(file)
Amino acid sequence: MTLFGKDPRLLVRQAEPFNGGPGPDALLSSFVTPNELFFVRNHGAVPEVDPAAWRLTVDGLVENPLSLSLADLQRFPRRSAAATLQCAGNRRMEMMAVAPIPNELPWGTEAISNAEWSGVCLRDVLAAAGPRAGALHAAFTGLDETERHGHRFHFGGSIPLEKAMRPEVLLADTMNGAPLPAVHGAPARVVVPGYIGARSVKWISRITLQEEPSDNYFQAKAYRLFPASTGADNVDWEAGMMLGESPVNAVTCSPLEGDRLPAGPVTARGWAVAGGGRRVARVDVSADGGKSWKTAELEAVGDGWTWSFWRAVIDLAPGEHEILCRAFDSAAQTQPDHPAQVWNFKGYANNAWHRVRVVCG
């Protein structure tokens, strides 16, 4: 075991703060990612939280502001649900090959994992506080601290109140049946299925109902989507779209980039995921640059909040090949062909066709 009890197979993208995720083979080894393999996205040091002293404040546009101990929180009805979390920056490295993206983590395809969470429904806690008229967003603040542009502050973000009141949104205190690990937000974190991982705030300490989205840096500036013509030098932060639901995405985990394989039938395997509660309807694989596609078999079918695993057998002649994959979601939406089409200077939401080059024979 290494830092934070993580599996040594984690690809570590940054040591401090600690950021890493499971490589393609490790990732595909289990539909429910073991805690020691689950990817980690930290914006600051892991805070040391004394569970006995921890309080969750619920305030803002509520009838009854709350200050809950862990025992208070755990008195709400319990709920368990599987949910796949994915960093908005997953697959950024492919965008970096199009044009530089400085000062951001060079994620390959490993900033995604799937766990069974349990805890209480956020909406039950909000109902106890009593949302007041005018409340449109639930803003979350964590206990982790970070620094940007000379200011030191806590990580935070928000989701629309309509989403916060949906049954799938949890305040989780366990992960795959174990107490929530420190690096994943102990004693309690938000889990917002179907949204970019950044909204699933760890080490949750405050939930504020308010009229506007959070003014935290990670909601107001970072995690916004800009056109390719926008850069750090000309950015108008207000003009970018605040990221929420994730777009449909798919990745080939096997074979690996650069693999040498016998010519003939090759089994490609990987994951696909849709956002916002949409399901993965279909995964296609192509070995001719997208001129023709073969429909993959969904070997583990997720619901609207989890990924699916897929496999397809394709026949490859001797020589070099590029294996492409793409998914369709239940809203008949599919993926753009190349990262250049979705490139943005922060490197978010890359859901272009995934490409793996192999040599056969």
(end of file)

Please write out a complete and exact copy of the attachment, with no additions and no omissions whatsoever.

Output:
Amino acid sequence: MTLFGKDPRLLVRQAEPFNGGPGPDALLSSFVTPNELFFVRNHGAVPEVDPAAWRLTVDGLVENPLSLSLADLQRFPRRSAAATLQCAGNRRMEMMAVAPIPNELPWGTEAISNAEWSGVCLRDVLAAAGPRAGALHAAFTGLDETERHGHRFHFGGSIPLEKAMRPEVLLADTMNGAPLPAVHGAPARVVVPGYIGARSVKWISRITLQEEPSDNYFQAKAYRLFPASTGADNVDWEAGMMLGESPVNAVTCSPLEGDRLPAGPVTARGWAVAGGGRRVARVDVSADGGKSWKTAELEAVGDGWTWSFWRAVIDLAPGEHEILCRAFDSAAQTQPDHPAQVWNFKGYANNAWHRVRVVCG
């Protein structure tokens, strides 16, 4: 075991703060990612939280502001649900090959994992506080601290109140049946299925109902989507779209980039995921640059909040090949062909066709 009890197979993208995720083979080894393999996205040091002293404040546009101990929180009805979390920056490295993206983590395809969470429904806690008229967003603040542009502050973000009141949104205190690990937000974190991982705030300490989205840096500036013509030098932060639901995405985990394989039938395997509660309807694989596609078999079918695993057998002649994959979601939406089409200077939401080059024979 290494830092934070993580599996040594984690690809570590940054040591401090600690950021890493499971490589393609490790990732595909289990539909429910073991805690020691689950990817980690930290914006600051892991805070040391004394569970006995921890309080969750619920305030803002509520009838009854709350200050809950862990025992208070755990008195709400319990709920368990599987949910796949994915960093908005997953697959950024492919965008970096199009044009530089400085000062951001060079994620390959490993900033995604799937766990069974349990805890209480956020909406039950909000109902106890009593949302007041005018409340449109639930803003979350964590206990982790970070620094940007000379200011030191806590990580935070928000989701629309309509989403916060949906049954799938949890305040989780366990992960795959174990107490929530420190690096994943102990004693309690938000889990917002179907949204970019950044909204699933760890080490949750405050939930504020308010009229506007959070003014935290990670909601107001970072995690916004800009056109390719926008850069750090000309950015108008207000003009970018605040990221929420994730777009449909798919990745080939096997074979690996650069693999040498016998010519003939090759089994490609990987994951696909849709956002916002949409399901993965279909995964296609192509070995001719997208001129023709073969429909993959969904070997583990997720619901609207989890990924699916897929496999397809394709026949490859001797020589070099590029294996492409793409998914369709239940809203008949599919993926753009190349990262250049979705490139943005922060490197978010890359859901272009995934490409793996192999040599056969």